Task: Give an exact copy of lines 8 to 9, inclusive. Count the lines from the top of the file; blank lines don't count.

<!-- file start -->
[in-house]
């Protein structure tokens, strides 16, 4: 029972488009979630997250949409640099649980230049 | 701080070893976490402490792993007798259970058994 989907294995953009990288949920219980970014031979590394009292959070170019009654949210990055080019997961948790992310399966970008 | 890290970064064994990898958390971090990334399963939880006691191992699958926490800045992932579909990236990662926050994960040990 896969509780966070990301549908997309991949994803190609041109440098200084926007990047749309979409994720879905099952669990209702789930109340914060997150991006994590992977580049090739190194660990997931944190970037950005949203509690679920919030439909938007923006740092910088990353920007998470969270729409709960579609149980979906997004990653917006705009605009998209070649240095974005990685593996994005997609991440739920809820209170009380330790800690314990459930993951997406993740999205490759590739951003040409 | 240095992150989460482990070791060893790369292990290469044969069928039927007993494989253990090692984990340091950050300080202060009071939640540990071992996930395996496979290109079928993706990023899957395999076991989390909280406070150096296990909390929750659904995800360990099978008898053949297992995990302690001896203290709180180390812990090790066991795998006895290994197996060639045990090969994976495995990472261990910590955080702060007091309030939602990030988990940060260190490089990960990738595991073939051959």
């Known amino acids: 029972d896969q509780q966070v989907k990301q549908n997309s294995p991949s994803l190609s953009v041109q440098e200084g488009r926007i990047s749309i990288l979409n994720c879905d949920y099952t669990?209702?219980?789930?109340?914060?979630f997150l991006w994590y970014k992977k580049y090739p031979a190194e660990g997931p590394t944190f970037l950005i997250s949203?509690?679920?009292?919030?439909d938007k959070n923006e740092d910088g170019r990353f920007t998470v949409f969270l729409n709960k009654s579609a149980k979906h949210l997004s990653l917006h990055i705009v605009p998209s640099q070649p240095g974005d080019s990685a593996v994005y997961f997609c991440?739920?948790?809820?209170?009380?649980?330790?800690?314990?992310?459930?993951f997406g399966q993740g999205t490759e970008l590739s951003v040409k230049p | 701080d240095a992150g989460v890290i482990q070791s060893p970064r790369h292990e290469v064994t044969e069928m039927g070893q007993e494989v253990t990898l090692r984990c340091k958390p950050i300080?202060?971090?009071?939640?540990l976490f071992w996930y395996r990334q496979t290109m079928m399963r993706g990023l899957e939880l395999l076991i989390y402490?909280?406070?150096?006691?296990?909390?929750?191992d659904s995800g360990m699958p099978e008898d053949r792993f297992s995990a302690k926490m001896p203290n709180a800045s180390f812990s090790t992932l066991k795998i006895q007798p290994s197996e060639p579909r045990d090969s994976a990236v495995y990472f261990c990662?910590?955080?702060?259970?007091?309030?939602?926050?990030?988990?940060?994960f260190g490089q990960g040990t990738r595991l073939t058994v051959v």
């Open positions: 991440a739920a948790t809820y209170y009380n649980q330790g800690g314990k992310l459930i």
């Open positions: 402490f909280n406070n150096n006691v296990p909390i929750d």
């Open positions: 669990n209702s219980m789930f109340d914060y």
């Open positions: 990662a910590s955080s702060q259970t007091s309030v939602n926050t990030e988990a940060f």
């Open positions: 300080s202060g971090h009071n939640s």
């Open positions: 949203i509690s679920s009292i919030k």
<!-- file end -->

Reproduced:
């Open positions: 300080s202060g971090h009071n939640s």
């Open positions: 949203i509690s679920s009292i919030k």